A book of the Old Testament is inspiring a global grass-roots
movement aimed at giving a fresh start to the world's most
impoverished countries by the year 2000.
Taking its lead from the "year of jubilee" proclaimed in
Leviticus, a coalition led by faith-based organizations - Jubilee
2000 - is now active in 45 nations pressing for cancellation of the
poor nations' international debt.
"People are motivated and moved by the biblical roots of this
campaign," says Carole Collins, US coordinator for the effort. "In
the vision of Jubilee," says an Episcopal Church paper on the
subject, every 50 years, "'right relationships' are restored, social
inequalities are rectified, slaves are freed, and debts are
canceled," in recognition of God as the provider of all.
As disparities between rich and poor countries widen, social
conditions in the poorest nations are deteriorating. The World Bank
identifies 41 "heavily indebted poor countries" (HIPCs), and they
paying an average of 40 percent of revenues for debt service. Many
are diverting scarce resources from education, health, and
infrastructure programs, often with devastating consequences.
Development aid, meanwhile, is at the lowest rate in a half century.
The question is whether the Jubilee movement can persuade wealthy
creditor nations to cancel the debt - or at least to offer "faster
and deeper" relief than is available under current-debt reduction
programs. Ninety percent of the approximately $220 billion debt is
owed to individual governments and the multilateral institutions
(World Bank and International Monetary Fund) where industrialized
nations hold control.
"We still have a year and a half and this campaign is really
snowballing," says Justin Forsyth of Oxfam International, which is
active in the coalition, "but we're a long way away from a huge
breakthrough on this issue."
Many in the movement are upbeat about prospects, both because of
mushrooming grass-roots enthusiasm and what they see as a new
international mood. They see the next six months leading up to the
summit of the Group of 8 industrialized nations (G-8) in Cologne,
Germany, next June as crucial.
Calls for change
Jubilee 2000 got its start in 1996 in Britain, where it mobilized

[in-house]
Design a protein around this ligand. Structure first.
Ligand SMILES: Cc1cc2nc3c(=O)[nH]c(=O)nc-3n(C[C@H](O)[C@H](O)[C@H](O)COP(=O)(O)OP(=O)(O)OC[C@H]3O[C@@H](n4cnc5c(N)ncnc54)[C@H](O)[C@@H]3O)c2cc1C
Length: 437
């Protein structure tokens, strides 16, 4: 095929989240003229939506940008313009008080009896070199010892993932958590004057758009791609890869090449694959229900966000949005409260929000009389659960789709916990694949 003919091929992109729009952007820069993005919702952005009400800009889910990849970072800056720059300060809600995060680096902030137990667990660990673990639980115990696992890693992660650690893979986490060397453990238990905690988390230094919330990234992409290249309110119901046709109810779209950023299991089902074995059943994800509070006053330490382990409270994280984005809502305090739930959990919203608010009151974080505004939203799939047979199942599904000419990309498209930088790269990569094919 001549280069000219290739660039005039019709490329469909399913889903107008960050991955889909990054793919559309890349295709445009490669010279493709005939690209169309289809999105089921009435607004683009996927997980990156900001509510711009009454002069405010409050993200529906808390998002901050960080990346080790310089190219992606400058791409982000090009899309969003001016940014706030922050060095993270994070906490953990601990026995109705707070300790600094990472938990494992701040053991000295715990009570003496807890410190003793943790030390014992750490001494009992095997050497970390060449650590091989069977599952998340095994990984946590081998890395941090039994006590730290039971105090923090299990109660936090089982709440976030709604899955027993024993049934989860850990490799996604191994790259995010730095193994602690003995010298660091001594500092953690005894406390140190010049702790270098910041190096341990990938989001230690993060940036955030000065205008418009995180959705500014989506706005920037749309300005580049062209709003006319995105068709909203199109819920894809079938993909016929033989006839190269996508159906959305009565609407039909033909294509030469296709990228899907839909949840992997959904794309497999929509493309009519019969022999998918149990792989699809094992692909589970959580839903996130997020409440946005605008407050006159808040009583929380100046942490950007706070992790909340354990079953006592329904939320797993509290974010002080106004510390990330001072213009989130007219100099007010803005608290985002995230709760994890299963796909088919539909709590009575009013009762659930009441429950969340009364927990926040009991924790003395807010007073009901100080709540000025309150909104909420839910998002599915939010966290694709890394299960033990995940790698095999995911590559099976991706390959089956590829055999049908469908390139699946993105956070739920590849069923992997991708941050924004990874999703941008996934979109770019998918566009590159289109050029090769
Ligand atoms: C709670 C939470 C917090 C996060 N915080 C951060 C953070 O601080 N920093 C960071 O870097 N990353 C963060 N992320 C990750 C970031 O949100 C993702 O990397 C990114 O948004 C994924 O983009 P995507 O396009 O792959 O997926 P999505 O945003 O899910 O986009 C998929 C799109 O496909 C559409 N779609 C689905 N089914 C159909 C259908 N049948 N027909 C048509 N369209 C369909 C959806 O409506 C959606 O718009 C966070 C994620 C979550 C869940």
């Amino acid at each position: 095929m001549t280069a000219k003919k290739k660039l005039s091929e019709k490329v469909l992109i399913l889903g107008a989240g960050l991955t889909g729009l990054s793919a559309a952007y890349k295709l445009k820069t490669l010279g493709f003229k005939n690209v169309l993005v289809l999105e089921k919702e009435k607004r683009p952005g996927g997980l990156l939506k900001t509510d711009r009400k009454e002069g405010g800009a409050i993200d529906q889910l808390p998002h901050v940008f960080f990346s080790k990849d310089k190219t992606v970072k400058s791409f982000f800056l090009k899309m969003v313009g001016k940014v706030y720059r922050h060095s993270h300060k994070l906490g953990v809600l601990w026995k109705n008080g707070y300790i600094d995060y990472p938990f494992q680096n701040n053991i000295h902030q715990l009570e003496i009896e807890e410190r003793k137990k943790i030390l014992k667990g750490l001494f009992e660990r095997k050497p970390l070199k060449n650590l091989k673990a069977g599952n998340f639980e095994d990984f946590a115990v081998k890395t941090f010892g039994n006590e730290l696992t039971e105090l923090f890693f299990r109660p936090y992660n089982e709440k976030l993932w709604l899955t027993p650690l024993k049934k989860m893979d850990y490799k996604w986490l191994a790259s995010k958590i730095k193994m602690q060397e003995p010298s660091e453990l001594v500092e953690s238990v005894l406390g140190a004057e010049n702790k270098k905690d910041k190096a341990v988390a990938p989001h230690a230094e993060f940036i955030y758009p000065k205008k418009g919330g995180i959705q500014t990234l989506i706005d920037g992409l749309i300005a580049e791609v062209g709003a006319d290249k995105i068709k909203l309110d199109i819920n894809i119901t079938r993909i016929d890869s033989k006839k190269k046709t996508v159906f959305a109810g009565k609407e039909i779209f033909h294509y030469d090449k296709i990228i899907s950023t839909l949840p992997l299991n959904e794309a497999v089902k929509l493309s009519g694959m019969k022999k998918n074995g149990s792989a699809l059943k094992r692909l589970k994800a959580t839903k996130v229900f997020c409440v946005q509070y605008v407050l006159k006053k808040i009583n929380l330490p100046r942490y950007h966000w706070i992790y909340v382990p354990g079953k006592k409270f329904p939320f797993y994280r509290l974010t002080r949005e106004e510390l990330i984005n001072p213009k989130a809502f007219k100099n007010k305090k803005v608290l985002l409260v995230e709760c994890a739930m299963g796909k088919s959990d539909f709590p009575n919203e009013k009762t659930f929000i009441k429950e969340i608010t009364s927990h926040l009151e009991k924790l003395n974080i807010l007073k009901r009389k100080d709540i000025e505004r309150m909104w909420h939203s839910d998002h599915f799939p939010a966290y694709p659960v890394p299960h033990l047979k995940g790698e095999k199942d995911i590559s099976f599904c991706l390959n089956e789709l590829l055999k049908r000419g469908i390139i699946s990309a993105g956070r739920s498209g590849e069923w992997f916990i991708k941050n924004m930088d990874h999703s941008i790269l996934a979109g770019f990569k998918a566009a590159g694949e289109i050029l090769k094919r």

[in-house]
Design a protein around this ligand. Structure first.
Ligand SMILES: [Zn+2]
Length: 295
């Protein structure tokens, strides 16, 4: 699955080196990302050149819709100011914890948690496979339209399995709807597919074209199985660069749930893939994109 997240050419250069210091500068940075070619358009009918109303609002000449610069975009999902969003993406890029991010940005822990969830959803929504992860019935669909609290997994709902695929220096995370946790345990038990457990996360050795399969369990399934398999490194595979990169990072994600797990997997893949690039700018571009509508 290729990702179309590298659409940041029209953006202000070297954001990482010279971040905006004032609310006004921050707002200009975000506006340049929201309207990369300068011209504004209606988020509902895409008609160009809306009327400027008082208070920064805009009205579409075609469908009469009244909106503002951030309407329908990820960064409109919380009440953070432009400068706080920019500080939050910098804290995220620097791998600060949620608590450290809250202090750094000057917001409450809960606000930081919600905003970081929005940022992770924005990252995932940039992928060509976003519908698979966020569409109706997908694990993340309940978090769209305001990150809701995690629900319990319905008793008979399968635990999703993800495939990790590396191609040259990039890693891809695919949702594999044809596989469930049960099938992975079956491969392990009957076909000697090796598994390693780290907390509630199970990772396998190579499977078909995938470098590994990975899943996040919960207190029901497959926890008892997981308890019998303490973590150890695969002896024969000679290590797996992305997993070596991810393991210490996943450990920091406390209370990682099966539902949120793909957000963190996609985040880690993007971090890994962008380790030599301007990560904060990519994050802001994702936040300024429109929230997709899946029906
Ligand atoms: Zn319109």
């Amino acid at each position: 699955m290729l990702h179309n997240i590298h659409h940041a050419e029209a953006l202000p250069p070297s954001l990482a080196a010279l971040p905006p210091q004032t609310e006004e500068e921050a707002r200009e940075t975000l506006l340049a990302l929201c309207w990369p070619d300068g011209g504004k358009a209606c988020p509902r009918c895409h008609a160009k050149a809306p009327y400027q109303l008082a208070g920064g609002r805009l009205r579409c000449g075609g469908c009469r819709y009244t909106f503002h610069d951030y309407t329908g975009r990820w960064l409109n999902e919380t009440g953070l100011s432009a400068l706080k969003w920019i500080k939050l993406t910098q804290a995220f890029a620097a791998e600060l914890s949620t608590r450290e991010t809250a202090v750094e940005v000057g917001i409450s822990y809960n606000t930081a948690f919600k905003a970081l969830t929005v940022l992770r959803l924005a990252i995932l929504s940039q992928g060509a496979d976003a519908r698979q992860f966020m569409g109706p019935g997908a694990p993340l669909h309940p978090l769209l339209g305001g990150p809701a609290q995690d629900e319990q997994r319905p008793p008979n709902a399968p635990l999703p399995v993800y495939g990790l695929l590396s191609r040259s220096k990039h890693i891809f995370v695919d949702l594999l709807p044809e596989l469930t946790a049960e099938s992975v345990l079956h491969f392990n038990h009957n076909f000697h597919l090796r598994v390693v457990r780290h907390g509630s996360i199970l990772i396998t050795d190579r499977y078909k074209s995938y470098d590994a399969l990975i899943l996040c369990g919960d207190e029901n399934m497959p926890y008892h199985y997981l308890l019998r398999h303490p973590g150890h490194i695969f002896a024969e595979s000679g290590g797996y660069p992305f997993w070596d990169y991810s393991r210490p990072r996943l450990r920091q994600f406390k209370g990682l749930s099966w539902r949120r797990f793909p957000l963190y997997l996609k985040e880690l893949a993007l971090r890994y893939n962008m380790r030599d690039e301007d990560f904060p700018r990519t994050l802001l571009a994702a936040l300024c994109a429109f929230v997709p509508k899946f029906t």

50,000 people for a show of support last May at the Birmingham G-8
summit. The British government's bid to spur changes on debt at that
meeting was rebuffed, however - most vigorously by Germany. But a
new center-left German government has since been elected, and its
minister for international development in a recent interview
indicated an intent to propose changes that would be presented at
Cologne to speed and broaden relief. If this becomes official
policy, it would be a significant shift.
Germany and Japan have long opposed debt cancellation, says John
Sewell, president of Overseas Development Council in Washington, and
other countries aren't far behind. "There's an ingrained reluctance
to forgive debt."
Cancellation isn't in the interests of debtors, some say, because
it would harm their capacity to borrow in the future. It could also
pose a "moral hazard," rewarding cases of irresponsible management
the expense of others who have done a good job and creating
expectations that future debts might be forgiven. Advocates say
there's an element, too, of creditors wanting to maintain leverage
over economic policies.
"What we are trying to achieve," says a senior United States
Treasury official, "is to reduce the debt to the point where the
country can afford to service it and still have adequate capacity to
grow in the future, yet get out from under the burden."
There is a growing recognition that the situation is dire. In a
meeting with Anglican bishops in July, World Bank President James
Wolfensohn acknowledged that "we are losing the battle" against
poverty, and that debt repayment was "a principal reason" social and
other services cannot be provided in the poorest countries. …